On “Meet the Press”, following his victory in the South Carolina Republican primary, Donald Trump again vowed that as president he would abolish Obamacare, which he characterized as a “total and complete disaster.” He said that he would replace with a “great healthcare plan, whether it's healthcare savings accounts, we have a lot of different things.” 
 
Trump added, “We're going to get rid of the lines between states, we're going to have great competitive bidding….People are not going to die in the middle of the street. People are not going to die on the sidewalk if I'm president, okay?”
 
He said that Americans would not be required to have health insurance, but that there would be “great plans” that will be “a lot less expensive than Obamacare. They're going to be private. There are going to be lots of different options. We're going to have a lot of different options. Right now you have no options. You know why? Because the insurance company controlled Obama because they gave him a lot of money. That's why you have lines around the states. And you can't get competitive bidding.”
 
Despite his victory, Trump is not resting on his laurels. When asked whether he is now in a three-way race, he said that there remain five contenders. "It won't be easy," he said. On Feburary 23 Trump faces a primary contest in Nevada. He is favored to win, according to recent polls, having now won two two straight primary victories, including New Hampshire. Besides a presumed victory in Nevada, polls show that things are looking good for him in the Super Tuesday states as well. He enjoys a considerable lead over Sen. Ted Cruz in Alabama, and polls in Oklahoma and Virginia also show him to be the leader.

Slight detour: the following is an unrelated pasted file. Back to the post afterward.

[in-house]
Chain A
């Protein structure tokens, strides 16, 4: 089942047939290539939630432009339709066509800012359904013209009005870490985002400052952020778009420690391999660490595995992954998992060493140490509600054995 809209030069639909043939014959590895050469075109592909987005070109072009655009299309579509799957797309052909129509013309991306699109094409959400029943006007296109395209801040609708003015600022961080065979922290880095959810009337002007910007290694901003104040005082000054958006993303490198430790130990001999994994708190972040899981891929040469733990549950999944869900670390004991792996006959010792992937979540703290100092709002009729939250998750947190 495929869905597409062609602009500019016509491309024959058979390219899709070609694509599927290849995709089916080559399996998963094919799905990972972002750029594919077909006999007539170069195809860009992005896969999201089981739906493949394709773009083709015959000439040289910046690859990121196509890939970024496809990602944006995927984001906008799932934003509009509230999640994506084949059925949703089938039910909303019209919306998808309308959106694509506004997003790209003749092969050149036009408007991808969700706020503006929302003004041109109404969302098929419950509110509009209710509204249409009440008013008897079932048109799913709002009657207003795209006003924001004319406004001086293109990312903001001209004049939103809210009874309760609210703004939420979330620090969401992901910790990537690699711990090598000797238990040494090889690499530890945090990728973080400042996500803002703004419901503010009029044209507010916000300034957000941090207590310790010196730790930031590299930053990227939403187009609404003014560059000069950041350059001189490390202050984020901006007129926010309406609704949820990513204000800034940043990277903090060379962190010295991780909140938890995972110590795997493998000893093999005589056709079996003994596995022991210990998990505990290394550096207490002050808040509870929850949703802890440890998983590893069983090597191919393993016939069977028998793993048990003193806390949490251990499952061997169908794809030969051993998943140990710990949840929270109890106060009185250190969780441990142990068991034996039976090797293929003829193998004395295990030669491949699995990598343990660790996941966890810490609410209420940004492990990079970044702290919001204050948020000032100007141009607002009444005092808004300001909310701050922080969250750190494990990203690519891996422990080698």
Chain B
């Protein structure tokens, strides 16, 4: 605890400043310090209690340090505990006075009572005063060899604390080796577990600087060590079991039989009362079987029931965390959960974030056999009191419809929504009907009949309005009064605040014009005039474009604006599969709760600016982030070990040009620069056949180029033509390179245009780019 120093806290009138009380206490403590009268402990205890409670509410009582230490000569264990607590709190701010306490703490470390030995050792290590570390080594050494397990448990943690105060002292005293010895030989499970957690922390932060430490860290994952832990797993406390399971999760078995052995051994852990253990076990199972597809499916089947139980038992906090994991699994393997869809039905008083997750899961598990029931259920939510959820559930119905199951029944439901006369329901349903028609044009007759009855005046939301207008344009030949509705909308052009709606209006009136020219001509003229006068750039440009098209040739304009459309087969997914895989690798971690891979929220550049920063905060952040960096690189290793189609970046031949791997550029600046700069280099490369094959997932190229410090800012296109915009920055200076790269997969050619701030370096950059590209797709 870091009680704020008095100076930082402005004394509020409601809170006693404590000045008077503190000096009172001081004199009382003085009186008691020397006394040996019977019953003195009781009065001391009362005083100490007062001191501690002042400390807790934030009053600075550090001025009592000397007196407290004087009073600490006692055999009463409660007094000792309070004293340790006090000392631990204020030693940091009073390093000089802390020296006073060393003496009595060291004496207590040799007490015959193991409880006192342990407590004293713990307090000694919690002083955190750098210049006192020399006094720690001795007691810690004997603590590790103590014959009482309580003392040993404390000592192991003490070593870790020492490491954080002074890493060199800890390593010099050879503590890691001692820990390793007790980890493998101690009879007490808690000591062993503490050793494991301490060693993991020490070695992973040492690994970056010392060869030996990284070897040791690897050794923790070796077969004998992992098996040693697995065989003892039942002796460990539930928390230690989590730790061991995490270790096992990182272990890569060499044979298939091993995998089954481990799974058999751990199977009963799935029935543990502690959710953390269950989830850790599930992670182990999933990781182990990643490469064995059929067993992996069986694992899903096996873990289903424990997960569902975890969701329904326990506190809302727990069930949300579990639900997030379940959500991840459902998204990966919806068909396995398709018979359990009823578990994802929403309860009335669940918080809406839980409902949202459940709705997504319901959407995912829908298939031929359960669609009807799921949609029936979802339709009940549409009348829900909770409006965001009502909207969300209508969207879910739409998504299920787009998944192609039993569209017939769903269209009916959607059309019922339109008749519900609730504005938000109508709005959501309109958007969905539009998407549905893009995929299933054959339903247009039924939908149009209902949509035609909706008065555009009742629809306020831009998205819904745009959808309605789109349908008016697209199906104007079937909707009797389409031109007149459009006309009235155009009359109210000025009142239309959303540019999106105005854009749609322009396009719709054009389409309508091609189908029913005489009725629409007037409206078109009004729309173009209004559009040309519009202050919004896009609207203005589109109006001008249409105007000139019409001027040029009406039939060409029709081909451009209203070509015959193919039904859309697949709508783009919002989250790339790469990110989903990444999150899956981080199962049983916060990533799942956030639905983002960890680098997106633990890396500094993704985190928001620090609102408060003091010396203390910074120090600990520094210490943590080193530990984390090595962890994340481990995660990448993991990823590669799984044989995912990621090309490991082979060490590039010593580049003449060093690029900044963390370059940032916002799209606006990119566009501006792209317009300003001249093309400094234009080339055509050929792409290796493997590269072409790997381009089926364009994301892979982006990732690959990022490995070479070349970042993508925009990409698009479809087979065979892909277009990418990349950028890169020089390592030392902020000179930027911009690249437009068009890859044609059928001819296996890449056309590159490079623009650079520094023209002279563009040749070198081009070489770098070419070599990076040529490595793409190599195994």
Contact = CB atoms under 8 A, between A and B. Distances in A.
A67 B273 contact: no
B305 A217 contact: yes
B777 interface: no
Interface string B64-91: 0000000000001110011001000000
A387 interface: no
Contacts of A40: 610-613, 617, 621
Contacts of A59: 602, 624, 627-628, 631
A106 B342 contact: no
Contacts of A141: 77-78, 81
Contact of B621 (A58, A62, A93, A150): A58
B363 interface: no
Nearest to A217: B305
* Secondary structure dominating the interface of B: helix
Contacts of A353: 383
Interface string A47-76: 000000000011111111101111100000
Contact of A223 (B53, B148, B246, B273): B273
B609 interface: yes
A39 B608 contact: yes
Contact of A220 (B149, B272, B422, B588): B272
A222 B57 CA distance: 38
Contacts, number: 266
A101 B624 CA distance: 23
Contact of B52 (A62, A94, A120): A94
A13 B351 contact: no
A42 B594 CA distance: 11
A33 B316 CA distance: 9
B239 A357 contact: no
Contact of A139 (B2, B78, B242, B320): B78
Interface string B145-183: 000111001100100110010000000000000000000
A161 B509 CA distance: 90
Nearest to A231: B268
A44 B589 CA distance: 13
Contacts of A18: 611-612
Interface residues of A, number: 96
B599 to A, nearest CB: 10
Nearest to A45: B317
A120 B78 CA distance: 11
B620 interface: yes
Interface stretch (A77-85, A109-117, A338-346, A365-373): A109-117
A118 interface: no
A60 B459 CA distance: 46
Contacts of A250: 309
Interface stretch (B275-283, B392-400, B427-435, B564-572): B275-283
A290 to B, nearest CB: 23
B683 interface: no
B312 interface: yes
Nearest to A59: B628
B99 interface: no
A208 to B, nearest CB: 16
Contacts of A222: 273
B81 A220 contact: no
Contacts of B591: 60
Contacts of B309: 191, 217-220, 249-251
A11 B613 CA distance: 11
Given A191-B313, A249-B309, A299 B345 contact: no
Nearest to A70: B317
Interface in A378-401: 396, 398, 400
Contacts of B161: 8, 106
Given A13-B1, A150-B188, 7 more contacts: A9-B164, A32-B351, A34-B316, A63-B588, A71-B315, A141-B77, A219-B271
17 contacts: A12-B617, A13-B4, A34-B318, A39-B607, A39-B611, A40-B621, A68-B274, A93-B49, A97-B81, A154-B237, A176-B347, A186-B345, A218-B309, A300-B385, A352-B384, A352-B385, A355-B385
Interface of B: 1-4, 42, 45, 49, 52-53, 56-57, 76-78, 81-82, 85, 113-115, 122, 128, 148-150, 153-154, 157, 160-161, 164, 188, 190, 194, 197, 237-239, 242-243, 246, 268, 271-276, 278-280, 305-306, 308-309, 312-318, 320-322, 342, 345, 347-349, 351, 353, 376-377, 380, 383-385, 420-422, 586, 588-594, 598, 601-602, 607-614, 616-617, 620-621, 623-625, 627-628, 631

Trump also vowed that he would defund Planned Parenthood, which currently enjoys an annual federal subsidy of approximately $500 million. Saying that PP does “very good work” on cervical cancer and other women’s issues, with the exception of abortion. “So I'm not going to fund it if it's doing the abortion. I am not going to fund it. Now they say it's 3 percent and it's 4 percent, some people say it's 60 percent. I don't believe it's 60 percent, by the way. But I think it's probably a much lower number. But Planned Parenthood does some very good work. But I would defund as long as they're doing abortions.”
 
Todd played a tape from a 2002 interview with shock-jock Howard Stern, in which Trump was asked whether he was for invading Iraq. Trump answered at the time, “Yeah, I guess so. You know, I wish the first time it was done correctly.” Todd admitted that he did not appear that Trump was an “an enthusiastic supporter of the war.”
Trump said that President George H.W. Bush had done a better job in the first Iraq war than his son, George W. Bush, did in the second. “He went in, he taught them a lesson. What happened is he was taunted. Because Saddam Hussein was saying, ‘We drove back the Americans. The ugly Americans were driven back, the power of Iraq, the power.’" 
 
But as for the prosecution of the war in Iraq following the 9/11 attacks, Trump reiterated what he has said in the past about the spending of American blood and treasure, and the many “wounded warriors. “And we have nothing. And Iran is now taking over Iraq. They've been trying to for many, many decades. And now they're finally taking over Iraq. As we sit here, they're taking over Iraq. We get nothing.”
 
The leading Republican candidate also reiterated that he is pro-Israel and that achieving peace between Israel and the Palestinians will be the “hardest deal to make.” Last week, Trump ran into some criticism because he said he would neutral about the contending sides. “People are born with hatred, they're taught hatred. And I have to say, it's mostly on the one side, not on the other side. But they're taught hatred. I say this. If I'm going to be president, I'd rather be in the position, because I will try the best I can, and I'm a very good dealmaker, believe me, to try and solve that puzzle. You're not going to solve it if you're going to be on one side or another. Everyone understands that. If I'm going to solve the problem, I want to go in with a clean slate. Otherwise, you're never going to get the cooperation of the other side. So that's all I'm saying.”

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Spero News writer Martin Barillas is a former US diplomat, who also worked as a democracy advocate and election observer in Latin America. His first novel 'Shaken Earth', is available at Amazon.

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